NEW YORK-- A final audition? Perhaps.
But in assessing Orioles starter Jeremy Guthrie and his performance Friday night, it was hard to tell just how much the needle on the right-hander's trade stock -- with Sunday's 4 p.m. ET Trade Deadline looming large -- really jumped. What was apparent, after a nearly two-hour rain delay at Yankee Stadium, was why the 31-year-old Guthrie's name has been floated around as many as a half-dozen teams around baseball in the first place.
Guthrie silenced one of baseball's most prolific lineups, holding the Yankees to Mark Teixeira's sixth-inning homer, in a sparkling seven-inning start that snapped the Orioles' season-long trance vs. New York with a 4-2 win.
"Jeremy Guthrie is worth a lot," said first baseman Derrek Lee, who continued to elevate his own trade stock with an RBI double and solo homer. "You saw what he is capable of today against a lineup like the Yankees. Not a lot of great starting pitching that's available out there. So I am sure he would bring a good return."
On Friday, Guthrie's effort brought Baltimore its first "W" in seven games against the Yankees this year, giving the right-hander his first win in New York since July 28, 2008, at the old Yankee Stadium. Whether the outing -- which netted Guthrie another ball for his win collection -- will be a bittersweet one, remains to be seen for Guthrie, who has remained adamant that those thoughts haven't crept into his psyche.
"I think it's easier not thinking about trade stuff on the mound, because there's a lot of other things to worry about," said Guthrie. "And I am actually a good reader, so you're right, I could read some stuff. But it's what you look at, you know? There's no reason to pay attention to it. I've said it before, 99 percent of what goes on or gets talked about around the Trade Deadline, doesn't ever happen. So why would you ever worry about it or think about it?"
Instead, with an announced crowd of 46,499 and a flurry of scouts in attendance, Guthrie put on a clinic for a Yankees team rumored to have interest, taking a two-hit shutout into the sixth in one of his best starts of the season.
"Jeremy needed it," Orioles manager Buck Showalter said of the victory, which improved him to 5-14 on the season and marked his first win in four starts inside the Yankees' new home. "Jeremy pitched well enough to have some more Ws next to his name, so I was real proud of him -- the way everybody played. There was a lot of intensity."
Guthrie twice pitched out of early trouble, stranding a pair of one-out singles in the third, and getting around two two-out walks in the fourth before Teixeira ended any shutout hopes.
"He's doing a better job of trying to command his pitches instead of trying to throw harder, kind of a max-effort guy," Yankees outfielder Brett Gardner said of Guthrie, who struck out five in the 114-pitch performance. "He mixed in some changeups and some breaking balls, and we just weren't able to get much going against him."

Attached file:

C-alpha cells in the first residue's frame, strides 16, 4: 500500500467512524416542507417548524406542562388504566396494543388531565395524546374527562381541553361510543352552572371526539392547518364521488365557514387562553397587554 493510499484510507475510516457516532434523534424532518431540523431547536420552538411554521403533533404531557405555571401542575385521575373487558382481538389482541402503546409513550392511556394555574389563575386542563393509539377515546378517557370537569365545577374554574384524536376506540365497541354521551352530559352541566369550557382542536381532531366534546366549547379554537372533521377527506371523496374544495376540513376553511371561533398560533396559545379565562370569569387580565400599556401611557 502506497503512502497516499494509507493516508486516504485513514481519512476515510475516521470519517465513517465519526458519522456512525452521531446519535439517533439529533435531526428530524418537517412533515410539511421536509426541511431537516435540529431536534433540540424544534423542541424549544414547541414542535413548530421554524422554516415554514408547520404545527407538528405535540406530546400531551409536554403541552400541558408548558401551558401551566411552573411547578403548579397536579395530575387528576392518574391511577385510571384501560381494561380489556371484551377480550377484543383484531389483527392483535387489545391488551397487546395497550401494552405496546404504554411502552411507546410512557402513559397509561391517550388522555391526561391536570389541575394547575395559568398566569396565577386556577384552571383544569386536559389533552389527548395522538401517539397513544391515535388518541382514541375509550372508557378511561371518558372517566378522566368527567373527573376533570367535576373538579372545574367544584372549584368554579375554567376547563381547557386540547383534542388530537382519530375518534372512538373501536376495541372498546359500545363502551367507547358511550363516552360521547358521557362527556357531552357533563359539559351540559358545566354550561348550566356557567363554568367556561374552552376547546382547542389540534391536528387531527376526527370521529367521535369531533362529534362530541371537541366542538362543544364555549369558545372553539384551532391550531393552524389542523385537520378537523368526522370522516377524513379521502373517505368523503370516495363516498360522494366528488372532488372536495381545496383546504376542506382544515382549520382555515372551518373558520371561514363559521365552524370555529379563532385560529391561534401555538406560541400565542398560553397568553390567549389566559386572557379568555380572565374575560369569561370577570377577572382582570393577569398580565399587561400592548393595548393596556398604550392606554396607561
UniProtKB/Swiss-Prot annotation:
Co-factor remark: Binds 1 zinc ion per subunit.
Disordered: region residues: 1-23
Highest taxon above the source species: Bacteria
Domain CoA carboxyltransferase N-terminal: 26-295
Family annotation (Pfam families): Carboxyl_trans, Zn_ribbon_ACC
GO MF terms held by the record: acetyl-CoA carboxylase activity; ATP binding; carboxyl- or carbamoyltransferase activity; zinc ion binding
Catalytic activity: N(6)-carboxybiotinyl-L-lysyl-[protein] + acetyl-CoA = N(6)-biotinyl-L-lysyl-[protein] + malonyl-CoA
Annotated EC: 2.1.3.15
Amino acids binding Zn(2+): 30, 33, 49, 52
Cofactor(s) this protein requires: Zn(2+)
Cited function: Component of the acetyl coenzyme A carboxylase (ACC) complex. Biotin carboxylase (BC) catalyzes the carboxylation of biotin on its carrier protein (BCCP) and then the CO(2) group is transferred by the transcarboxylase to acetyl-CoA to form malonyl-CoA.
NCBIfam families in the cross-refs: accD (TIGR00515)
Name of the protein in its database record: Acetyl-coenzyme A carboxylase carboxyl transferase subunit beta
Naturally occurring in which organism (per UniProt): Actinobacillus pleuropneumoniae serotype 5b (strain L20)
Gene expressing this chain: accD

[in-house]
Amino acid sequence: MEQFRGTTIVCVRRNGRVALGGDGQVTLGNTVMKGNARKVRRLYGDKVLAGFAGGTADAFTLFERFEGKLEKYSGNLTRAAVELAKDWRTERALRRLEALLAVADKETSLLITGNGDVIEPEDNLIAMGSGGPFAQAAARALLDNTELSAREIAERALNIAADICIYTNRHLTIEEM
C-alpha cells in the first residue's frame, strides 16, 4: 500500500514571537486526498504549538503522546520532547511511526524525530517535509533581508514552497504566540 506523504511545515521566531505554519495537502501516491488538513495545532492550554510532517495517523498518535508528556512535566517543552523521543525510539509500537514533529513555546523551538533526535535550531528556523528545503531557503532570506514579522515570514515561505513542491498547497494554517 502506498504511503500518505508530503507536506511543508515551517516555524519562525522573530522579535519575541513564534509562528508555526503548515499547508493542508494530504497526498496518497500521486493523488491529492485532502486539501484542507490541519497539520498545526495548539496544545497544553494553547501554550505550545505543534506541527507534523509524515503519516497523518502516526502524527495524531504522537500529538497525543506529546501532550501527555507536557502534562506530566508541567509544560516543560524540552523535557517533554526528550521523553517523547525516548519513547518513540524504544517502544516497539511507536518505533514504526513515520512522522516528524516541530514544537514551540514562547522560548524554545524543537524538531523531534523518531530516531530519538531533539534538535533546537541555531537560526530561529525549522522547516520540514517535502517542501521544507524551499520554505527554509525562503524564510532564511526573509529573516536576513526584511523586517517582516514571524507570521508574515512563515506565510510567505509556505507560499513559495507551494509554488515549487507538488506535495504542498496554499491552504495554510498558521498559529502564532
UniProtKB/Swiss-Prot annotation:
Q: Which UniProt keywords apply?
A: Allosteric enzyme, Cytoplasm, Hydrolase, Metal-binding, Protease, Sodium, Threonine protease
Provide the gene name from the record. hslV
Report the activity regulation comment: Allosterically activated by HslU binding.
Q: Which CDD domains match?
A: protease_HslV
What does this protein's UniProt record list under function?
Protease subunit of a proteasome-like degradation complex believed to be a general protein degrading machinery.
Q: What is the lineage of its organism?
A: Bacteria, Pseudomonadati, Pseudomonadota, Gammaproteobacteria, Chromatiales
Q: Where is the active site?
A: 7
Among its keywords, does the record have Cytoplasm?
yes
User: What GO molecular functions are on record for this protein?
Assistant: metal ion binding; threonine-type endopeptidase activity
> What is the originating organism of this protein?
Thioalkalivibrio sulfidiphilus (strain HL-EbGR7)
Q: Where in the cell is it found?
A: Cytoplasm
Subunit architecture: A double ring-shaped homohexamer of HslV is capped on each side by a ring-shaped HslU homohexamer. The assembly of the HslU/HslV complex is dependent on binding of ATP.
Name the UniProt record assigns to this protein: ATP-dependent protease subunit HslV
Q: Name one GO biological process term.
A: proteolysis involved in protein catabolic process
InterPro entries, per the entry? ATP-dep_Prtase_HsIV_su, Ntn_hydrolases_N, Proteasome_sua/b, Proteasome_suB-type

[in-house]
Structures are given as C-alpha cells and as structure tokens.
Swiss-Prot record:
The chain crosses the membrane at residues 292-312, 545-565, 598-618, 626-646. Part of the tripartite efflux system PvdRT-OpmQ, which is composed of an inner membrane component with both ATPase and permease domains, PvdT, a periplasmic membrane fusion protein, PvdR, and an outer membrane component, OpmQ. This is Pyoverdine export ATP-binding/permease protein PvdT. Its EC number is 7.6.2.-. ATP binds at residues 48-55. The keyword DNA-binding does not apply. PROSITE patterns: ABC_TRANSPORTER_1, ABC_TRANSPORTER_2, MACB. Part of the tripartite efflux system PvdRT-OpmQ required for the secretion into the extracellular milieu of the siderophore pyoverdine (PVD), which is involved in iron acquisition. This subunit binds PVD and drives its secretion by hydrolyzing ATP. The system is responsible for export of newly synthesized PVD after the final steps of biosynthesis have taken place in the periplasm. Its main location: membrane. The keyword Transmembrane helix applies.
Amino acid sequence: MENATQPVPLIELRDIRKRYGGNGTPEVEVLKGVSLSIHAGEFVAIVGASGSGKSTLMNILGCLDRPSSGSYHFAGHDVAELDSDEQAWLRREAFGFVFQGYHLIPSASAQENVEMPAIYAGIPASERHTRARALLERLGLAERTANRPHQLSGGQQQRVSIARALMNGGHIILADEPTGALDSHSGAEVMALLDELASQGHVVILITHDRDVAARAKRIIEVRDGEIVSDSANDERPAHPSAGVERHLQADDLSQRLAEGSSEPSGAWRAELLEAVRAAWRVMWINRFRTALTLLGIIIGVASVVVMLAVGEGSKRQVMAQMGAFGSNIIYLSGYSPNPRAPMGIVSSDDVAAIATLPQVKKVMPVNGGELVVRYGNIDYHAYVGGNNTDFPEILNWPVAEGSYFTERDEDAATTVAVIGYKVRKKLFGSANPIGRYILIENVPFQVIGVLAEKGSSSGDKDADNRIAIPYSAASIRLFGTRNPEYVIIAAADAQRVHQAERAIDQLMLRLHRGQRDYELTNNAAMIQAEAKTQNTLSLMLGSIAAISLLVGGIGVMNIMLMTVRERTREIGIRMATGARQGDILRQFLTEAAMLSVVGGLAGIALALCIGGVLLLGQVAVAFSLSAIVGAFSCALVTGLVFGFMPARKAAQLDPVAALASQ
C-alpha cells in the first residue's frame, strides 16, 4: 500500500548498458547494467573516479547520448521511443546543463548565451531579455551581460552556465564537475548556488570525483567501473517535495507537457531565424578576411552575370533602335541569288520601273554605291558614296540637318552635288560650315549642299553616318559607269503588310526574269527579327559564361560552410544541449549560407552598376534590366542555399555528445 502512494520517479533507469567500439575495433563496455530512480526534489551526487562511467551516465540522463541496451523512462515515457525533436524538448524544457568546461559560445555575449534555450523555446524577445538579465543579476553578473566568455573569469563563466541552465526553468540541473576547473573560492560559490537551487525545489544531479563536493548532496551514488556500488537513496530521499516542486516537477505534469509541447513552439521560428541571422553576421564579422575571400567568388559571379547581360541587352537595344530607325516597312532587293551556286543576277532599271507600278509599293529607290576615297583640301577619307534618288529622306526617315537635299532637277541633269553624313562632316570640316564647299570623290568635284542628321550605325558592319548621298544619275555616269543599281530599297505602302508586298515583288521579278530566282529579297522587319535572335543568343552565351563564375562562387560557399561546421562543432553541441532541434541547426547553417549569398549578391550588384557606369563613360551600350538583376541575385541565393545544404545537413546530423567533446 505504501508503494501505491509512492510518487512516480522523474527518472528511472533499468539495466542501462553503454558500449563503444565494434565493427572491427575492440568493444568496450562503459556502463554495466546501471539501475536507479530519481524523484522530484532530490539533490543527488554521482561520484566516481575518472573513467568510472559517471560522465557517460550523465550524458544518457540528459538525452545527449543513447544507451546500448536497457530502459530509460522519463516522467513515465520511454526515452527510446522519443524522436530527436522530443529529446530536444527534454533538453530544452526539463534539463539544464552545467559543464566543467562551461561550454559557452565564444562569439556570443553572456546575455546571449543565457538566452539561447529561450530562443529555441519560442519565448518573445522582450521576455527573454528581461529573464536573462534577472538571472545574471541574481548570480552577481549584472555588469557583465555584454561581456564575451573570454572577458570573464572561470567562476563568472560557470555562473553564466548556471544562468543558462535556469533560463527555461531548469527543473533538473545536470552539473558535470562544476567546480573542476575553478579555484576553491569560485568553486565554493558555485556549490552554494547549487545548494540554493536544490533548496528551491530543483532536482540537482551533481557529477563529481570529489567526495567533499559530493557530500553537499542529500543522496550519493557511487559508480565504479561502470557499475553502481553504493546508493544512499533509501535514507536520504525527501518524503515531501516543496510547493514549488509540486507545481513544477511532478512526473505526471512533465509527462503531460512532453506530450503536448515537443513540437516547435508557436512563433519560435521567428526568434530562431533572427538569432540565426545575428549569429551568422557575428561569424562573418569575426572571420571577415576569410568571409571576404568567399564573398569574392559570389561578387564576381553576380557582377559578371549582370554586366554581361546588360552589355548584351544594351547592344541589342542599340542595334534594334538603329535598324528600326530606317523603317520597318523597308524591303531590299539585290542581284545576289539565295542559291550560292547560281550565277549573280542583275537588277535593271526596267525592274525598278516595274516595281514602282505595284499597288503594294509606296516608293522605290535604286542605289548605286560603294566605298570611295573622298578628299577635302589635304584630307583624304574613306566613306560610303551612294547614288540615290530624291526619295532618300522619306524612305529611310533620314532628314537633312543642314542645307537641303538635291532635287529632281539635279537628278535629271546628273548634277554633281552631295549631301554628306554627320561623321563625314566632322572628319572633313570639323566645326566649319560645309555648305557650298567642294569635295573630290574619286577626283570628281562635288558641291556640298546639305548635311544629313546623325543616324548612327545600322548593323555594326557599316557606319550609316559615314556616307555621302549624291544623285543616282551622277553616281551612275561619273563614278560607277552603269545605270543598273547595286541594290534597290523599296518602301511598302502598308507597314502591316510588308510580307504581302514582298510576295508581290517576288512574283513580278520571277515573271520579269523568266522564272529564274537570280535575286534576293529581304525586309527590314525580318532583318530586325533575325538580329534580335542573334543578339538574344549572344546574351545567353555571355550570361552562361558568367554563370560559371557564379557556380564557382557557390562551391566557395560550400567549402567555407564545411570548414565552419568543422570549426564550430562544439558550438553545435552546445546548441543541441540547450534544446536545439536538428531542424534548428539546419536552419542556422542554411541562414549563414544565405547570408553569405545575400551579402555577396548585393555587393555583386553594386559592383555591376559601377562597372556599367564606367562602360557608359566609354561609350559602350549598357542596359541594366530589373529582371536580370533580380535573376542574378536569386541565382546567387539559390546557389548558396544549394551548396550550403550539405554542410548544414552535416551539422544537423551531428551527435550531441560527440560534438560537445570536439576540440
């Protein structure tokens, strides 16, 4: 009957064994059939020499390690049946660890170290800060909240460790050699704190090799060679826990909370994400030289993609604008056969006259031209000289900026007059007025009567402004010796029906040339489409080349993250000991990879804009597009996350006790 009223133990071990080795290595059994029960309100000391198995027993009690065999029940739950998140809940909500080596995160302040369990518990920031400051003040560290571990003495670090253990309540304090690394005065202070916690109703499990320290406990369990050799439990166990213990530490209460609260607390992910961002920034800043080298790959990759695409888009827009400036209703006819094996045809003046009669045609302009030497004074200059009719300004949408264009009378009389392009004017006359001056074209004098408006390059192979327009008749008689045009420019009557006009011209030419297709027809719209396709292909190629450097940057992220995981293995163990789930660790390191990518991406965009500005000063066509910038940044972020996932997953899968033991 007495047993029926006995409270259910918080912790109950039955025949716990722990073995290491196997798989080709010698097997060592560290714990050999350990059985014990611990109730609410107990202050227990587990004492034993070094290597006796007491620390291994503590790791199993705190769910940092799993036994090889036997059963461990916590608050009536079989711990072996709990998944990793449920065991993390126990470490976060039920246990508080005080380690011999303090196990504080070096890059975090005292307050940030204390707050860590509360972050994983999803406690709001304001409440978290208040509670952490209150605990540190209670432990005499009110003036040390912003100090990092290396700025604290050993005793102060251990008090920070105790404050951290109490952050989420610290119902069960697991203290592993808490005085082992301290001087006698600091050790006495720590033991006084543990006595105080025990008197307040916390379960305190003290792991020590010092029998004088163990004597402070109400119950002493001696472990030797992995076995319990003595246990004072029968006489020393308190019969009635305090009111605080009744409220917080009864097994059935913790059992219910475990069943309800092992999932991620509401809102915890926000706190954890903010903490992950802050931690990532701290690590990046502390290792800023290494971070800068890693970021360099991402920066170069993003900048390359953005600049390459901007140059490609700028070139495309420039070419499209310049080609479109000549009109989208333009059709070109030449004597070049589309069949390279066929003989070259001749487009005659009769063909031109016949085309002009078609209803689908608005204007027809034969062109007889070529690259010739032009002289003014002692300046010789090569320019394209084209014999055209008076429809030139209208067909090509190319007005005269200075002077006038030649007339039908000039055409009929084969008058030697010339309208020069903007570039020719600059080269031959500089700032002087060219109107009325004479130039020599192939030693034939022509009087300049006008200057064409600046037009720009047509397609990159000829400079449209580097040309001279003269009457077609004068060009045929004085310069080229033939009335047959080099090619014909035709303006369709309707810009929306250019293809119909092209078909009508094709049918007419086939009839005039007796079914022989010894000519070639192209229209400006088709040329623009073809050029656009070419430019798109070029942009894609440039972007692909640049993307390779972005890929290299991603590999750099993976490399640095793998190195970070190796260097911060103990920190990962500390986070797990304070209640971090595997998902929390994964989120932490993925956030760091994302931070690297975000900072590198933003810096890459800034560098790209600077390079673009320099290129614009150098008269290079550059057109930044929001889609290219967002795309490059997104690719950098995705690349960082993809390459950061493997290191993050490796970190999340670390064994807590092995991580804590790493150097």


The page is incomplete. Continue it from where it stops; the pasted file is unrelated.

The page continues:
Guthrie was helped by some early run support. Fresh off a series loss in Toronto, the Orioles' bats -- which had been outscored by New York 51-18 in the six games prior -- backed Guthrie with an early two-run homer from third baseman Mark Reynolds. Reynolds sent Yankees starter A.J. Burnett's first pitch over the right-center-field wall -- extending his own team lead in homers to 22 in the process -- to give the O's a two-run lead in the second inning.
Lee doubled in another run in the fourth, and connected for his second long ball in four games with a two-out solo homer in the sixth. The veteran first baseman, who has had a disappointing offensive season, has gone 7-for-14 on the road trip, including two homers, two doubles and seven RBIs.
"If someone looks at my numbers now, compared to a couple weeks ago, it probably looks a little better," said Lee. "I feel a lot better. I need to do it for a lot longer than a week or two, but I definitely feel better at the plate."
But the star of the night was Guthrie, who very well could have thrown his final pitch in an Orioles uniform. One of the team's best two trade chips -- along with reliever Koji Uehara -- Guthrie has tossed three consecutive quality starts and continues to be a target for contending teams looking to add a dependable middle-of-the-rotation arm.
"I don't get into [that]," Showalter said when asked if he thought Guthrie's stock went up following Friday's start. "You'd have to ask some other team that may have expressed interest. I don't know. That's not for me to judge."
"I would be tremendously surprised if it did happen, and disappointed in the fact that you leave behind friends," Guthrie said when pressed for his reaction if he were to change teams. "But like I said, it's pointless to even talk about it. I'll give you all the interviews you want if it did happen."
Brittany Ghiroli is a reporter for MLB.com. Read her blog, Britt's Bird Watch, and follow her on Twitter @britt_ghiroli. This story was not subject to the approval of Major League Baseball or its clubs.